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Monday, March 9, 2015

How Do I tell the Sex of Schisandra Chinesis? - Chinese Magnolia Vine

Available for purchase here Sold out for 2015
Seeds available at www.jiovi.com (est arrival 2/15/2016)

Do I have a male or female Chinese Magnolia vine?

Here at Foxgreen Farms we offer plants of Schisandra Chinesis or the Chinese Magnolia Vine.  It is also sometimes called the "Five Flavor Berry".  The plant is described as either being male or female and both are needed for fruit production.  This however is not the whole story as you will see.  First, lets look at the differences between the male and female flowers. We had listed them as unsexed, That has changed.  Read on.

Male Schisandra Chinesis Flower



Both male and female flowers are of similar size.  They have 6-9 petals.  The photos above are clickable and you can see the detail of the male flowers very well.  They have 5 stamens in the center of each flower.

Female Schisandra Chinesis Flower


The female flower has numerous pistillate parts making up the center of the flower.  As they mature they turn from darker to lighter green.  The female flowers tend to occur on the higher portions of the plant. 
Female flower top right.  Male flower bottom left.  Fruit center.

The Magic of Nature

Well not magic but most likely with newer plant introductions the information is confusing.  Plants are often sold as needing a male pollinator. Or as a female only plant.  Different cultivars and developments could make this true.  The natural plant is monoecious.  This means the plant has distinct male and female flowers on the same plant. The flowers have no nectaries and while some insects have been observed on the flowers, they are considered wind pollinated.

Male and Female Schisandra flowers on the same plant.

Our plants are seed propagated from seed obtained in China.  They are the most widely grown type of Schisandra in the world, for good reason.  The genetic variability will be valuable in your garden and the plants have not had their natural occurrence of male and female flowers bred out of them to maximize (theoretically) fruit production.  This brings back some memories from a few years back when information on Sea Buckthorn was not readily available and often wrong.  


This graph illustrates the expression or occurrence of female and male flowers on the same plant in 492 plants.  The young and old plants had fewer flowers and more male than female flowers on the same plant.  In years 5-9 female flowers outnumbered the male flowers.  Why is that?  Younger and older plants are less robust and the plant wisely decides to limit fruit production favoring energy to maintaining the plant vs. fruit.  Environment has an impact as well.  Plants in their prime, in sunny locations may only produce female flowers, while those in less sunny conditions have either both flower types or occasionally produce only male flowers.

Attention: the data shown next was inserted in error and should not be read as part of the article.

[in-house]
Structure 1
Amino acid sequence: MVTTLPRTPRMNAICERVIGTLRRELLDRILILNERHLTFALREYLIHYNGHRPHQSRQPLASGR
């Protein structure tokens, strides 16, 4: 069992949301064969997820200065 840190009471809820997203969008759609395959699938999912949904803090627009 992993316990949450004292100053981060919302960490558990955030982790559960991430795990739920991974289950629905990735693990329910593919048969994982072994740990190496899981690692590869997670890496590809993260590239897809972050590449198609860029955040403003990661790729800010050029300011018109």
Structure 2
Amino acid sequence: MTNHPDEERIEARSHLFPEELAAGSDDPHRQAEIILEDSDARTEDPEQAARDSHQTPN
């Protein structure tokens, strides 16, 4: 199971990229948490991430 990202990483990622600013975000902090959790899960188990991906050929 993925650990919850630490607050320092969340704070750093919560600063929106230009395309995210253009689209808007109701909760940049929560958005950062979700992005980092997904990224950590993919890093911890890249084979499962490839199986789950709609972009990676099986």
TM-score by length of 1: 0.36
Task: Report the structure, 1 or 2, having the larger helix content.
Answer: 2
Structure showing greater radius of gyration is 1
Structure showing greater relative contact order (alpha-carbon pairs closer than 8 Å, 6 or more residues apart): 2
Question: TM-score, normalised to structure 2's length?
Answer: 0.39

Conclusion 

The excitement about learning more about nature continues.  Human intervention with breeding can change the natural properties of plants for a perceived improvement.  Controlling nature in this way often doesn't work.   If there exists a natural, robust alternative, you may want to choose those varieties.  Schisandra plants should begin producing in year 2-3 and be a very rewarding plant for may years.  Planning a larger amount of individual plants might benefit overall fruit production if they are planted in differing sun intensity locations.  A forest garden application could include some planted in semi-shade and others in full sun.  This would increase both the male and female flower production in each of the areas ensuring pollination.  


Foxgreen Farm News:

We have a new introduction in the seed category -  Native American seeds.  These seeds have the enduring quality of being utilized by tribes before European contact in the Americas.  The packets are sample sized so planting a bit of each is going to be fun.  All are heirloom and the ones you favor or grow best in your area can be harvested and the seed saved for next year's planting.  They can be found at  http://jiovi.com/native-american-seeds.html






4 comments:

  1. This was just the information I was looking for. I have a plant that is about 7 years old. It has only produced two clusters of berries. If the plant was dioecious, it wouldn't have any berries. Most flowers do appear to be female. Plant intelligence, adapting, resource allocation.... You are my hero. Thanks for blogging.

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    Replies
    1. That was a very nice comment. You made my day! Thanks!

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  2. Pleaee tell me where can I purchase plants of this ? Thank you very much in advance

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  3. Hi - I am not aware of anyone selling them this year. I had some last year but the crop failed for this year. I do have seeds I got from China and am running germination tests right now. When they are available, they will be on www.jiovi.com

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